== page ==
55 55 ABBISLAND1ABBISLAND1ABBISLAND2ABBISLAND2 ABB ISLAND3 ISLAND3ABB ABBISLAND4ABBISLAND4 LCA Composition Process 5. ABBs being freed  When an ABB finishes, it signals the ABC. If ABC has another task it sends otherwise it frees the ABBs x y x w z w y z Island ID ABB Type ABB IDStatus 1x1Busy 1y1 2x1Free 2w1 3z1Busy 3w1Free 4y1 4z1

56 56 ABBISLAND1ABBISLAND1ABBISLAND2ABBISLAND2 ABB ISLAND3 ISLAND3ABB ABBISLAND4ABBISLAND4 LCA Composition Process 6. Core notified of end of task  When the LCA finishes ABC signals the core x y x w z w y z Island ID ABB Type ABB IDStatus 1x1Free 1y1 2x1 2w1 3z1 3w1 4y1 4z1 DONE

57 57 ABC Internal Design ♦ ABC sub-components  Resource Table(RT) : To keep track of available/used ABBs  Composed LCA Table (CLT): Eliminates the need to re-compose LCAs  Task List (TL): To queue the broken LCA requests (to smaller data size)  TLB : To service and share the translation requests by ABBs  Task Flow-Graph Interpreter (TFGI): Breaks the LCA DFG into ABBs  LCA Composer (LC): Compose the LCA using available ABBs ♦ Implementation  RT, CLT, TL and TLB are implemented using RAM  TFGI has a table to keep ABB types and an FSM to read task-flow-graph and compares  LC has an FSM to go over CLT and RT and check mark the available ABBs Resource Table Composed LCA Table TLB Task List DFG Interpreter LCA Composer From ABBs (Done signal) Cores Accelerator Block Composer To ABBs(allocate) ABBs (TLB service)

58 58 CHARM Software Infrastructure ♦ ABB type extraction  Input: compute-intensive kernels from different application  Output: ABB Super-patterns  Currently semi-automatic ♦ ABB template mapping  Input: Kernels + ABB types  Output: Covered kernels as an ABB flow-graph ♦ CHARM uProgram generation  Input: ABB flow-graph  Output:

59 59 Evaluation Methodology ♦ Simics+GEMS based simulation ♦ AutoPilot/Xilinx+ Synopsys for ABB/ABC/DMA-C synthesis ♦ Cacti for memory synthesis (SPM) ♦ Automatic flow to generate the CHARM software and simulation modules ♦ Case studies  Physical LCA sharing with Global Accelerator Manager (LCA+GAM)  Physical LCA sharing with ABC (LCA+ABC)  ABB composition and sharing with ABC (ABB+ABC) ♦ Medical imaging benchmarks  Denoise, Deblur, Segmentation and Registration

60 60 Area Overhead Analysis ♦ Area-equivalent  The total area consumed by the ABBs equals the total area of all LCAs required to run a single instance of each benchmark ♦ Total CHARM area is 14% of the 1cmx1cm chip  A bit less than LCA-based design

61 61 Results: Improvement Over LCA-based Design ♦ N’x’ has N times area - equivalent accelerators ♦ Performance  2.5X vs. LCA+GAM (max 5X)  1.4X vs. LCA+ABC (max 2.6X) ♦ Energy  1.9X vs. LCA+GAM (max 3.4X)  1.3X vs. LCA+ABC (max 2.2X) ♦ ABB+ABC better energy and performance  ABC starts composing ABBs to create new LCAs  Creates more parallelism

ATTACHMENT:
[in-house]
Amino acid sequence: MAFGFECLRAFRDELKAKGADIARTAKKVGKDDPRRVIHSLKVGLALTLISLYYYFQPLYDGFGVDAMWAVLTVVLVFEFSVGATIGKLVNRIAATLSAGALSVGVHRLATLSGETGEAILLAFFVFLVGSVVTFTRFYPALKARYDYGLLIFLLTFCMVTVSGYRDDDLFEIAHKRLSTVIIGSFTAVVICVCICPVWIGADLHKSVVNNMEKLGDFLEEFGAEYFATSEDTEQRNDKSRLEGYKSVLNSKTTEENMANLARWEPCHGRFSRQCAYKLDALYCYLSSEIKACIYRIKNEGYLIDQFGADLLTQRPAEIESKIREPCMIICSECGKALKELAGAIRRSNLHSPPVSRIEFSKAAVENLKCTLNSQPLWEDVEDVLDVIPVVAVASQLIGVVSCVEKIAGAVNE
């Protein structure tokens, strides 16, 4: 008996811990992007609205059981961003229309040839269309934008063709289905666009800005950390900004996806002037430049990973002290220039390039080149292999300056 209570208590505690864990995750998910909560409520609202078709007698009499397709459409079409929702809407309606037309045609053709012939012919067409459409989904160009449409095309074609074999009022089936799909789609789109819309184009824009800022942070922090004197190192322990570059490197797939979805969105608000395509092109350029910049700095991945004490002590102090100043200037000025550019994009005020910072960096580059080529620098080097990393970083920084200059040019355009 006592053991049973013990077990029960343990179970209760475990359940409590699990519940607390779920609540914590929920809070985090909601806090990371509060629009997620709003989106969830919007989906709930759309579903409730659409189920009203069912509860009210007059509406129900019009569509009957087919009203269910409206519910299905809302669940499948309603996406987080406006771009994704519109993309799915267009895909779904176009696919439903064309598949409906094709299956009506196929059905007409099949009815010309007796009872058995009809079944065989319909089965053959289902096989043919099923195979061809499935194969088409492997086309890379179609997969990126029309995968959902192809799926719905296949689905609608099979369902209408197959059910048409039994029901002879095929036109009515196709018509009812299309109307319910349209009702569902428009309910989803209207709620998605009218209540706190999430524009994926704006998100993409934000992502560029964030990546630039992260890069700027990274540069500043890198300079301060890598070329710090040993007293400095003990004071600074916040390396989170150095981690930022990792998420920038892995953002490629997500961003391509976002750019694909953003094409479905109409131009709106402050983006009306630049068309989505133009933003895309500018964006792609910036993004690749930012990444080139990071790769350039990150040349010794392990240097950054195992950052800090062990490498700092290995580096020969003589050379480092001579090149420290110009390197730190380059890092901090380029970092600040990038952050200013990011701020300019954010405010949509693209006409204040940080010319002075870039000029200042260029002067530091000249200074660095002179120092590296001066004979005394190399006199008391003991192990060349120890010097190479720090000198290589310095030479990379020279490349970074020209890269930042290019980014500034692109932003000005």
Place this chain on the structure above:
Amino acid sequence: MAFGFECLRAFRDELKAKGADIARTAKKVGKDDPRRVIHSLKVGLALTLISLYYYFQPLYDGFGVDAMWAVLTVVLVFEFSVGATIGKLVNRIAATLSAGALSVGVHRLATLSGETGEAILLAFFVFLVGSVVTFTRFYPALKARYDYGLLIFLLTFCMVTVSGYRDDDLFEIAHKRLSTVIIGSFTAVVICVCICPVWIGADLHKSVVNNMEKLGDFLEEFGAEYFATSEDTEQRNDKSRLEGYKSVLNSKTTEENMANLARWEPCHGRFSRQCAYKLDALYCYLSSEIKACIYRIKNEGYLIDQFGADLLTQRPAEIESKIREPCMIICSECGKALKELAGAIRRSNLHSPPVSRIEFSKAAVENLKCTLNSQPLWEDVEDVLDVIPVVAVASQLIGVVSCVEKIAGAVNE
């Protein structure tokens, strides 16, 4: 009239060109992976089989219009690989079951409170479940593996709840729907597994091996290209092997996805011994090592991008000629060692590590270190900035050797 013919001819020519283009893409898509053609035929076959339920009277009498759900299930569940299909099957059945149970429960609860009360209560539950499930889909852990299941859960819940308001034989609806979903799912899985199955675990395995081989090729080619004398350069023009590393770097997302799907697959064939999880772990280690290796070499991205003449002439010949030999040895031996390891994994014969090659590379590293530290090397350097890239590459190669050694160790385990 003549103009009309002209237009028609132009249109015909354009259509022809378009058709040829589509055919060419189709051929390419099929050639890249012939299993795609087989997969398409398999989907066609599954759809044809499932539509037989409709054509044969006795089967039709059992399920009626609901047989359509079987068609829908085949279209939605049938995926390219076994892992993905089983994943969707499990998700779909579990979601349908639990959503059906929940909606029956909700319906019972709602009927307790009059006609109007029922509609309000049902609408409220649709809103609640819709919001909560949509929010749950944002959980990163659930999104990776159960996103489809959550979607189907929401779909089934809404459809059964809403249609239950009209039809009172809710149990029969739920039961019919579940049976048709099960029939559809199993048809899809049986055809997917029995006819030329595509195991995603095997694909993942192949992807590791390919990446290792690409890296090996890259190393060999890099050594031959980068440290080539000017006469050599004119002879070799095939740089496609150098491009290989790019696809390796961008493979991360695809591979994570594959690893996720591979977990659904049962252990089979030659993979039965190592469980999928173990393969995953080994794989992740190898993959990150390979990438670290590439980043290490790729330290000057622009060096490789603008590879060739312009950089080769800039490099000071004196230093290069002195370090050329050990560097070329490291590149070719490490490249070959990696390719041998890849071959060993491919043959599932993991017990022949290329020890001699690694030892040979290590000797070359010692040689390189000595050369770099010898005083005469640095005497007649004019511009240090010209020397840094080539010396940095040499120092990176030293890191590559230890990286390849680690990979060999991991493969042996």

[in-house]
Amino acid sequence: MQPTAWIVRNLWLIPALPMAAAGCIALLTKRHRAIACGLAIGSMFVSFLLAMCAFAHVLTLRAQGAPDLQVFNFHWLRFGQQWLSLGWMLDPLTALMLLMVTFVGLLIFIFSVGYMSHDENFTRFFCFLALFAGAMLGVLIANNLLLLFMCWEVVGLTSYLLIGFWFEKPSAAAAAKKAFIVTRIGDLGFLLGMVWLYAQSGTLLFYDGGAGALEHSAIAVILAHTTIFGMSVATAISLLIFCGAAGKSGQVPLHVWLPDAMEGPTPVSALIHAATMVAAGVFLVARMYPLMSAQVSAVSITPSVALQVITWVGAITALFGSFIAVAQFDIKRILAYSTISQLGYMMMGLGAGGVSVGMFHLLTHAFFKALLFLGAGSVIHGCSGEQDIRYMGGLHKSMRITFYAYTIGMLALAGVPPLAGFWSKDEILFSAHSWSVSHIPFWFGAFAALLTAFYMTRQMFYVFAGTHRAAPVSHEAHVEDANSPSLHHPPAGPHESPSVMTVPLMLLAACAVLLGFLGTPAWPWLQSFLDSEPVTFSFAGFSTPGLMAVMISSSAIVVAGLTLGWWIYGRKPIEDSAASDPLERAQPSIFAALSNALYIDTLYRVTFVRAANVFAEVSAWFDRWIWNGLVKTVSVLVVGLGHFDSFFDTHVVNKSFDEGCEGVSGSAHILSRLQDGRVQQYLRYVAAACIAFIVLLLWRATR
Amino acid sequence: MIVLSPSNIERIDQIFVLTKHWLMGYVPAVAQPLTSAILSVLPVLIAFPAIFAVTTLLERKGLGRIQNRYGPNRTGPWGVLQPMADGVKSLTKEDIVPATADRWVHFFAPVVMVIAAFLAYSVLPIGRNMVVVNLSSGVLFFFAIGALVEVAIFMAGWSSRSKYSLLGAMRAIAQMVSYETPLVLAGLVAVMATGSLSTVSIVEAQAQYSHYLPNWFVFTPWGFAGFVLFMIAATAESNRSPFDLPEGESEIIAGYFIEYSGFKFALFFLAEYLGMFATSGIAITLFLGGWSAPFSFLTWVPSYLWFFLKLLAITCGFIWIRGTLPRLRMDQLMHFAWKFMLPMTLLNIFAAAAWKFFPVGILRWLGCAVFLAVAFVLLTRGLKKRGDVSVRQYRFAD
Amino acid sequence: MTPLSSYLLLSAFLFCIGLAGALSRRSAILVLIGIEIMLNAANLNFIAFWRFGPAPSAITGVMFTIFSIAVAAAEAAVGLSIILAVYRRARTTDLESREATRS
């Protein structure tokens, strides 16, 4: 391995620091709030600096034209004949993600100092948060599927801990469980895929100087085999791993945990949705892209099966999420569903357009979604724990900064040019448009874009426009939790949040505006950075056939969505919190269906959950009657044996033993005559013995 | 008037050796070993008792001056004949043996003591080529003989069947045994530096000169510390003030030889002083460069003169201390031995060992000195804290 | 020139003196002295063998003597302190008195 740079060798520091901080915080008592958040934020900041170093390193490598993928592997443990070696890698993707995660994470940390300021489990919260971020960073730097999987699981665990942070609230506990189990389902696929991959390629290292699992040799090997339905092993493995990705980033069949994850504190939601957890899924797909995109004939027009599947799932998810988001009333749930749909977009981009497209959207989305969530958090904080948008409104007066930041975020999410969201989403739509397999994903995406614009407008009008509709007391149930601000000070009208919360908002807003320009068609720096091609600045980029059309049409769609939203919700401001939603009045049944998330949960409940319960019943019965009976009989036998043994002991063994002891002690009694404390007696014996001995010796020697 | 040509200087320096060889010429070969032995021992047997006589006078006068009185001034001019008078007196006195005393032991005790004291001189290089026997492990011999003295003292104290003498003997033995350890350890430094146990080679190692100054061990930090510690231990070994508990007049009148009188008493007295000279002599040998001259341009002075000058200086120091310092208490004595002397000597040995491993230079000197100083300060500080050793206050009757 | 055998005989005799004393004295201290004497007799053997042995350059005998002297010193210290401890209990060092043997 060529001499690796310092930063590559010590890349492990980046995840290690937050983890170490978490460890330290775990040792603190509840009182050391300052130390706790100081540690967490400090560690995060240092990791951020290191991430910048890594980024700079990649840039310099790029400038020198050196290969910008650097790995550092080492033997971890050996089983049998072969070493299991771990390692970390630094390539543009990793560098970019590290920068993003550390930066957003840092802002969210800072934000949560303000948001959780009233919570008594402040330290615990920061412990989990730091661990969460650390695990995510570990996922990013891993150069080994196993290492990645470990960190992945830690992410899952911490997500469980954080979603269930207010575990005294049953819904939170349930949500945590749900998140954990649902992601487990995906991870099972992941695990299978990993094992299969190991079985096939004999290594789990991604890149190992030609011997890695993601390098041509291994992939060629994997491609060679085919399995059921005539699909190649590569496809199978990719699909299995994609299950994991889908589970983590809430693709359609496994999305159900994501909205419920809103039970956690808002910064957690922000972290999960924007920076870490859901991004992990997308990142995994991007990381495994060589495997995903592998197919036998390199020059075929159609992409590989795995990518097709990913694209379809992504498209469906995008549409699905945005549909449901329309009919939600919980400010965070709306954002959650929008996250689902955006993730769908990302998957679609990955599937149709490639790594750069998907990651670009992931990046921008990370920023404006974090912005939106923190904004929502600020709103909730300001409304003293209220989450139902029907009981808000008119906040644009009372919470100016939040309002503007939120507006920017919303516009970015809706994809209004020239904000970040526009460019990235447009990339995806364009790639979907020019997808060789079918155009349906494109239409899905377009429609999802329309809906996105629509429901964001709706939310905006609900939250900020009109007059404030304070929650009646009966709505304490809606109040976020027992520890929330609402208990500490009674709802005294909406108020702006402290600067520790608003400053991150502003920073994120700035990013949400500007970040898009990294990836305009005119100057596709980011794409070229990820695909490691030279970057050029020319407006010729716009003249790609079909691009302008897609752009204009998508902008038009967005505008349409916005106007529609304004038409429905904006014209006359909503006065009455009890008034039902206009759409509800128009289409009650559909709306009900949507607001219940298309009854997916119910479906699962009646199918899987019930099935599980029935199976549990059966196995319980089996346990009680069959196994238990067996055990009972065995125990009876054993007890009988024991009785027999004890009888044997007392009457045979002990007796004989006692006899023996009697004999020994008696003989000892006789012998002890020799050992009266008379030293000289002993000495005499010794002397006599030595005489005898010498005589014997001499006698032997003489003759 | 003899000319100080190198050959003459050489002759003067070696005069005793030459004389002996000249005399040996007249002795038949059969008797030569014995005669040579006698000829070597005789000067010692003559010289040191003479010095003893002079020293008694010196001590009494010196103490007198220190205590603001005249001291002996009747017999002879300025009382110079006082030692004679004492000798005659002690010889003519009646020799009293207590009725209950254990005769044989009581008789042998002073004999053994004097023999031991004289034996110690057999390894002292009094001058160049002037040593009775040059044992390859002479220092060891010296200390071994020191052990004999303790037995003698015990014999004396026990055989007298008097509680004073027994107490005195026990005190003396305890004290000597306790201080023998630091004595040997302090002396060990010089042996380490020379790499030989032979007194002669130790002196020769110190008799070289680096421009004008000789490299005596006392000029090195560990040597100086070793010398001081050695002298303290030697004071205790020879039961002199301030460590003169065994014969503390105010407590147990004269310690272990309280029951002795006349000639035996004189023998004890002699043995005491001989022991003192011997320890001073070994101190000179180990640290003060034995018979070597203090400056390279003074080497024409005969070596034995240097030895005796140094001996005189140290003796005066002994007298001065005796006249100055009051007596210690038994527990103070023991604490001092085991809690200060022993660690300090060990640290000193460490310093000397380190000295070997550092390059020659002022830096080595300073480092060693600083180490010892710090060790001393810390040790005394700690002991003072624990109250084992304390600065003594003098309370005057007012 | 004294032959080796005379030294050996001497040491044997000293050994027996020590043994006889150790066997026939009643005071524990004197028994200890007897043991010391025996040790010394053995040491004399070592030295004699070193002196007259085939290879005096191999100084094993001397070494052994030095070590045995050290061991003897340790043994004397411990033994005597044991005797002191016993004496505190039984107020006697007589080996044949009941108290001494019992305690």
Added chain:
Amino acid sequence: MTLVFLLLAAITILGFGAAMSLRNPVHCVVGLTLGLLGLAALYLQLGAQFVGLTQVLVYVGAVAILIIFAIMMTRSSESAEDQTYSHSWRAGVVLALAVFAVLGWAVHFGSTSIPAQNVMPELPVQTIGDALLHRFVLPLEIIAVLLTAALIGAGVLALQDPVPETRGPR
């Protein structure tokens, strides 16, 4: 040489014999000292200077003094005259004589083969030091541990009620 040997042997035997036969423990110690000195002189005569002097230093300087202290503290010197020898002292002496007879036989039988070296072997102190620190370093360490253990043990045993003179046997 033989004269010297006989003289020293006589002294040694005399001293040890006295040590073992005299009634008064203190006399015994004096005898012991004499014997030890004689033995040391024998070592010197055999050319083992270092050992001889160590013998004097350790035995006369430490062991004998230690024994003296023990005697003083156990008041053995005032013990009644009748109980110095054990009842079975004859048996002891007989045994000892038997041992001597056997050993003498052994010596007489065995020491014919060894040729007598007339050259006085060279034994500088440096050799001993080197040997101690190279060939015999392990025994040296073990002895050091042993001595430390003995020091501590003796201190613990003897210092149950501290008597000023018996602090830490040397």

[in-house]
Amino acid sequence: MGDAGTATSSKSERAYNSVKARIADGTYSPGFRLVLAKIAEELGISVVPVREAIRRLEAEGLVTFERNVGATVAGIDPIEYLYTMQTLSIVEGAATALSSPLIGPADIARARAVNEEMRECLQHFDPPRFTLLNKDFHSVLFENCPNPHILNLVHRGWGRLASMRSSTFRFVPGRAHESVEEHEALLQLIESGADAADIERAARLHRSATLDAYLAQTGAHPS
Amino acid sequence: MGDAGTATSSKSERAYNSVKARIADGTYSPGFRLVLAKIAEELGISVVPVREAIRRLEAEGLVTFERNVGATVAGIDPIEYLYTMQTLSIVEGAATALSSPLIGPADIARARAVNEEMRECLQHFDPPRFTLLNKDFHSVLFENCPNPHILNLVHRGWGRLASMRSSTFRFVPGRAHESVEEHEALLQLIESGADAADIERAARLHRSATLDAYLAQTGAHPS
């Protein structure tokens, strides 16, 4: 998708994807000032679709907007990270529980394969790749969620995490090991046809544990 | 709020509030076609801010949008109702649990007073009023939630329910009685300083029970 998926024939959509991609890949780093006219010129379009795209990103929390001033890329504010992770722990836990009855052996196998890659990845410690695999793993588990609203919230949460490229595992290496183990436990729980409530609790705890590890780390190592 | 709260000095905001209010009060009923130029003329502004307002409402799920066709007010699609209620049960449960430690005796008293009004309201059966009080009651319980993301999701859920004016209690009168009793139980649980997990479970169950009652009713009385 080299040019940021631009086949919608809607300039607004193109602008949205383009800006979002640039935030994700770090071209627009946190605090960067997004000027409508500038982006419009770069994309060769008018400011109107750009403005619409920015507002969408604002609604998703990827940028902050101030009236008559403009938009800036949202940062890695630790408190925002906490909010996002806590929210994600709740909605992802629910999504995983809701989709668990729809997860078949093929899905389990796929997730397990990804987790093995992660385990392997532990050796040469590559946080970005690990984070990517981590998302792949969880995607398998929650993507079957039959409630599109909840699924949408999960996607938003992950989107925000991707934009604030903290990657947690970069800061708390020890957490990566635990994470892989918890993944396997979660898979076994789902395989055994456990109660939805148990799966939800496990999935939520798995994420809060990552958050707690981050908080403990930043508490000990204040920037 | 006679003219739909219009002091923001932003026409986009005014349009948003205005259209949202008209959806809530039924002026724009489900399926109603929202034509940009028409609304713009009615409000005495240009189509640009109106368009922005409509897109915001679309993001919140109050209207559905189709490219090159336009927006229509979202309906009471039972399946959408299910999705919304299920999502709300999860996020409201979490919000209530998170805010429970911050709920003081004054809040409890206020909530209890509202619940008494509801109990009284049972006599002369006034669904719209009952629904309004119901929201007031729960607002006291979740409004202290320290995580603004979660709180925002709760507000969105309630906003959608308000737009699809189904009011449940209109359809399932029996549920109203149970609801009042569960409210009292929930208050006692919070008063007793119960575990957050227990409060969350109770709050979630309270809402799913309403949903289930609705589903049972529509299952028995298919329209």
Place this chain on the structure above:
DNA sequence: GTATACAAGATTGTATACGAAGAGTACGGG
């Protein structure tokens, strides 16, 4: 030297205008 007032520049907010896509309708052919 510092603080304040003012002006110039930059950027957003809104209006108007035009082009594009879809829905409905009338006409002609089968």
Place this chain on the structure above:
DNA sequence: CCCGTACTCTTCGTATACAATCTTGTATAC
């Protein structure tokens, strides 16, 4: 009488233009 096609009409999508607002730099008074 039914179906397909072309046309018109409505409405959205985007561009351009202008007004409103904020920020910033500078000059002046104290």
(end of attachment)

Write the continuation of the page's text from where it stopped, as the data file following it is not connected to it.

62 62 Results: Platform Flexibility ♦ Two applications from two unrelated domains to MI  Computer vision Log-Polar Coordinate Image Patches (LPCIP)  Navigation Extended Kalman Filter-based Simultaneous Localization and Mapping (EKF-SLAM) ♦ Only one ABB is added  Indexed Vector Load MAX Benefit over LCA+GAM3.64X AVG Benefit over LCA+GAM2.46X MAX Benefit over LCA+ABC3.04X AVG Benefit over LCA+ABC2.05X

63 63 CAMEL ♦ What are the problems with CHARM?  What if new algorithm introduce new ABBs?  What if we want to use this architecture on multiple domains? ♦ Adding programmable fabric to increase  Longevity  Domain span

64 64 CAMEL ♦ What are the problems with CHARM?  What if new algorithm introduce new ABBs?  What if we want to use this architecture on multiple domains? ♦ Adding programmable fabric to increase  Longevity  Domain span ♦ ABC is now responsible to allocate programmable fabric

65 65 CAMEL Microarchitecture

66 66 CAMEL Programmable Fabric Block

67 67 Programmable Fabric Allocation by ABC ♦ ABB replication in order to rate-match ♦ ABB assignment on those paths that have larger slack in order to decrease negative effect ♦ Interval-based allocation to increase the performance between multiple requests ♦ When on Programmable Fabric?  ABB does not exist in system  ABB is being used by other accelerators ● Beneficial if can be rate-matched ● Potential slow-down

68 68 FPGA-allocation by ABC – Block Diagram ♦ Greedy approach  Single application service ♦ Interval-based approach  Wait for some fixed interval  Use a greedy-approach to find the best to satisfy multiple request LCA Task Flow Graph Find Needed ABBs on PF Available ABBs Min Area Feasible? Return FALSE Fit PF? Return True Set Maximum Rate Yes No Program Fabric Decrease Rate No Lowest rate? Return FALSE

69 69 CAMEL Results – All Domains

70 70 CAMEL Results - Speedup

71 71 CAMEL Results – Energy improvement